Many of you will likely travel into Seville by car, bus or train as part of a trip through Andalusia. The Alcazar or the Flamenco are just two reasons to visit the beautiful city. The Flyctory.com way of visiting Seville is, of course, the airborne one. I had an Iberia Express connection from Madrid Barajas Airport, Terminal 4. Here are my views on Seville Airport.
Seville Airport – Connections
Seville is a lovely city – and not that surprisingly, there are quite many connections to other Spanish and European destinations. The airport, which is roughly serving five million passengers per year, is listing 74 destinations on its website. There are flights to Morocco and the Canary Islands – all other intercontinental connections are done via Madrid (Iberia) or the transport hubs of other major airlines. If you want to have a look at the destinations from Seville, you can do it here.
Seville Airport – Location & Transfer
The airport is located Northwest of city. It is quite central, just 10 kilometers away from Seville’s main train station, Santa Justa.
Transfer is rather poor. After I arrived, there was an EA bus, which is an express connecting to the city. It leaves every 30 minutes and costs 4 Euro, 6 Euro same day return. However, the bus could not service all passengers waiting – roughly 20 people needed to wait for the next bus. There is no public transport alternative. The airport website states an estimate taxi fare between 23 and 32 Euro, depending on the time of travelling. I went for an Uber, which catches you at the VTC parking lot. The Alcazar ride was roughly 20 Euro on a Friday morning. Please be careful that you pick the right car – one major Uber company is having a fleet of equivalent cars with very similar registration plates.
Arriving at Seville Airport
In contrast to most Spanish airports, you are guided directly to the luggage area after arrival. This also means that there is no airside transfer available. The tunnel route to the luggage belts is not too romantic, but it does what it should do. There are some stores around in the arrivals area, together with rental car stuff.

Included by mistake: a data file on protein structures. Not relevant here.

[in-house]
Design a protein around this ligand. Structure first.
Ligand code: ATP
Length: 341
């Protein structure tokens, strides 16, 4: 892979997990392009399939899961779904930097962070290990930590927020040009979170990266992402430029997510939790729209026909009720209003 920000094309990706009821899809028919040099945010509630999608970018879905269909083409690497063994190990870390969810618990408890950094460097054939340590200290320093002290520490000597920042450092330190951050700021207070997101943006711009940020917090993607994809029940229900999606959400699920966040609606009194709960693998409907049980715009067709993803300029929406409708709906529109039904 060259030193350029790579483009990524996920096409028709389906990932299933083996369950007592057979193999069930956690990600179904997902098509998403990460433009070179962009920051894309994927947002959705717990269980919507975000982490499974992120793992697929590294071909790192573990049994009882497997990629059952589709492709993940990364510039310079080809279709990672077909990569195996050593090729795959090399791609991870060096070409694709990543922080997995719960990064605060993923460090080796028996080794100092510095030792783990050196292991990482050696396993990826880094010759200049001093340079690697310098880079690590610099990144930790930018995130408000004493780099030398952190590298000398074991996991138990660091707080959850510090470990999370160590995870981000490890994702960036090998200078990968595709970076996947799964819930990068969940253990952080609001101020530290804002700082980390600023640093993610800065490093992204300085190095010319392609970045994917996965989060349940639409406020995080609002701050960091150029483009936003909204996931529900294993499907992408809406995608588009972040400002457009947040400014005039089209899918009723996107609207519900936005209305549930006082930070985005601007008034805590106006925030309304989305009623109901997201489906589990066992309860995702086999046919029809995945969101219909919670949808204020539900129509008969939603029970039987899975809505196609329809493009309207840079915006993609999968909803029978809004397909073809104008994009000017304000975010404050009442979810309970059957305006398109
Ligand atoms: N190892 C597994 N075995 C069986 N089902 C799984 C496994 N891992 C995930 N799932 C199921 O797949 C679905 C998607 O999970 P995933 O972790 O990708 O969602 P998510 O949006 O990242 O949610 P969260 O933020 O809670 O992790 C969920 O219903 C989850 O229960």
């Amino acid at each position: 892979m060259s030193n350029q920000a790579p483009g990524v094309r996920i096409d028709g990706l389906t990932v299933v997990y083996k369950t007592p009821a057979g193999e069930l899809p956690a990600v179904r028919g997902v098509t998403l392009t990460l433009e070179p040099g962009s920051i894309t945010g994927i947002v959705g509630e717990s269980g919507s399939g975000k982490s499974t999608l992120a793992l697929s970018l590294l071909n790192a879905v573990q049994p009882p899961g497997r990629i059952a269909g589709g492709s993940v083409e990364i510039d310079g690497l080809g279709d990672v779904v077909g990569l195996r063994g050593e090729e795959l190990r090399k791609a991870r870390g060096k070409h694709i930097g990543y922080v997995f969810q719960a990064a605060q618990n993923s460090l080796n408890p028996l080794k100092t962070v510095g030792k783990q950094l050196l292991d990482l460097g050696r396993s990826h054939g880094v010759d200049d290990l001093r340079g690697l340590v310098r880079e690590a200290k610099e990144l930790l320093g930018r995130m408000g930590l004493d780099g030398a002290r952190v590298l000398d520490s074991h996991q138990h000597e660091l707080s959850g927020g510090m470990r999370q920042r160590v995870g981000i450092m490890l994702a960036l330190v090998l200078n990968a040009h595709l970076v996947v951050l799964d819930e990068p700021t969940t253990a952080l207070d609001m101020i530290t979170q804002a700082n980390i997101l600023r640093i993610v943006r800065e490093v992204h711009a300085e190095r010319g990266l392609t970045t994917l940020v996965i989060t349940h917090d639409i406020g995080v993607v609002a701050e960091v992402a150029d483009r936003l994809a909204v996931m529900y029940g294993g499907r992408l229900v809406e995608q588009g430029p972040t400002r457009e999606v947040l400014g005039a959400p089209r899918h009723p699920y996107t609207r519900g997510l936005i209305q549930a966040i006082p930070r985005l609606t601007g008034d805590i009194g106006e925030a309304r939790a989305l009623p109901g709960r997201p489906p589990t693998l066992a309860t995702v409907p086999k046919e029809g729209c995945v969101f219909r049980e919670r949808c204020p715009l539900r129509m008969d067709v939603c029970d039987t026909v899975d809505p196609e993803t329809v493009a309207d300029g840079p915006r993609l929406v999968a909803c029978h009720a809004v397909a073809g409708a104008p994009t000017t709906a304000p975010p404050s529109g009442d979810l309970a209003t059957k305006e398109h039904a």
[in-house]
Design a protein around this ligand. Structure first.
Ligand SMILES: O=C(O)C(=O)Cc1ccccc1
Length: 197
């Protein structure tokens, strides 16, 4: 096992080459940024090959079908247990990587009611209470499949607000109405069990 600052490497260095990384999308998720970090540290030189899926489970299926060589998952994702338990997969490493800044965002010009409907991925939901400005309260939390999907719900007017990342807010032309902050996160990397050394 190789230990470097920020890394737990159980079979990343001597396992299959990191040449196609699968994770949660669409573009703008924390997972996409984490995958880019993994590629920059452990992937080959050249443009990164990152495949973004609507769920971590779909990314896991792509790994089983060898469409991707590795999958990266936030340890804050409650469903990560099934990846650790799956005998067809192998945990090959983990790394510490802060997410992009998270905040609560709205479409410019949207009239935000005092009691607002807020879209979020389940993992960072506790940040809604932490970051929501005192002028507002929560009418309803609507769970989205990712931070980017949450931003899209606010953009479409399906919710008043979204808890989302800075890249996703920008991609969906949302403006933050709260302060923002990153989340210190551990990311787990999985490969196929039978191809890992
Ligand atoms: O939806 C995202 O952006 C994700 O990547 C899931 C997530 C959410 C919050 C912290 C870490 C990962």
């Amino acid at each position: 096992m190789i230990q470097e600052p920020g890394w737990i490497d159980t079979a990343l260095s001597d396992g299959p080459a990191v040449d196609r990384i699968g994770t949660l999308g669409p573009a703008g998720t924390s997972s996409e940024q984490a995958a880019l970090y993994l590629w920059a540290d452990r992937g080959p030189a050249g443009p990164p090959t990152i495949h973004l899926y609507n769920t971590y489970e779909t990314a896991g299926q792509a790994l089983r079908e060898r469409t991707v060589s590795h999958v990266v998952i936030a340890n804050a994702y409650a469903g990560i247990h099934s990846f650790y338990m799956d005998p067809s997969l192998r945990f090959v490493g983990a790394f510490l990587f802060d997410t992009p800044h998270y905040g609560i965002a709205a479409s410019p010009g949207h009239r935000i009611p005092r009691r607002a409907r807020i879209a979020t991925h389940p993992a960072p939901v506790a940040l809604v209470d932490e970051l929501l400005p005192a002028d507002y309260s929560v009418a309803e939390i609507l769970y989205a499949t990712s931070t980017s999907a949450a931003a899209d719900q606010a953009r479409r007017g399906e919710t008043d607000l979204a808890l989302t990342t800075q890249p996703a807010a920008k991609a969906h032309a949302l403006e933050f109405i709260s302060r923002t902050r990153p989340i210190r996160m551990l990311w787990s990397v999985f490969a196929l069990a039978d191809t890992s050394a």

Departing from Seville Airport
While the terminal does not look to special at all, I liked the check-in area at Seville quite much. There are some 40 check-in gates. During my December flights to/from Madrid, the area looked everything but crowded. I guess in peak season between spring and fall, there is significantly more traffic around this area.
Security was fast and friendly, though there seemed to be a lack of speaking English. A very nice (but old-fashioned) feature of the airport is that you do not need to pass endless routes through a posh duty-free opportunities to reach your gates. First of all, the duty free is not posh, but tiny – and secondly, it is adjacent to some sort of plaza with some more stores and restaurants. A long aisle is leading you to the gates, which are on one side. Some of them offer you reasonable views of the apron. This tunnel-alike aisle also adds some shopping opportunities and a Burger King.
Seville Airport – Azahar Lounge
The lounge, which is named to hold 35 to 40 people (quite cozy atmosphere then, I guess) is quite nice. Like in most minor Spanish airports, it is driven by the Spanish Airport Management AENA and more or less open to any status and business customer as well as for Lounge Pass holders. These AENA lounges are never mouthwatering, but at least a solid, quiet oasis in airport life with some convenience sandwiches or salads and drinks. The design is quite nice, though.
Seville Airport – My View
It is hard to find anything which makes Seville airport special. In winter, the services and security were very quick – but it is hard to assume whether this will stand in high season. I liked the architecture of the check-in area and the lounge was quite cozy (but not too crowded during my visit). There is not too much shopping, no too special restaurants (if you do not love Burger King…). The bus connection seems to be a mess. Travelling to the area, I would always recommend to go for Malaga Airport. You won’t love Seville Airport, but at least, it will also not kill you.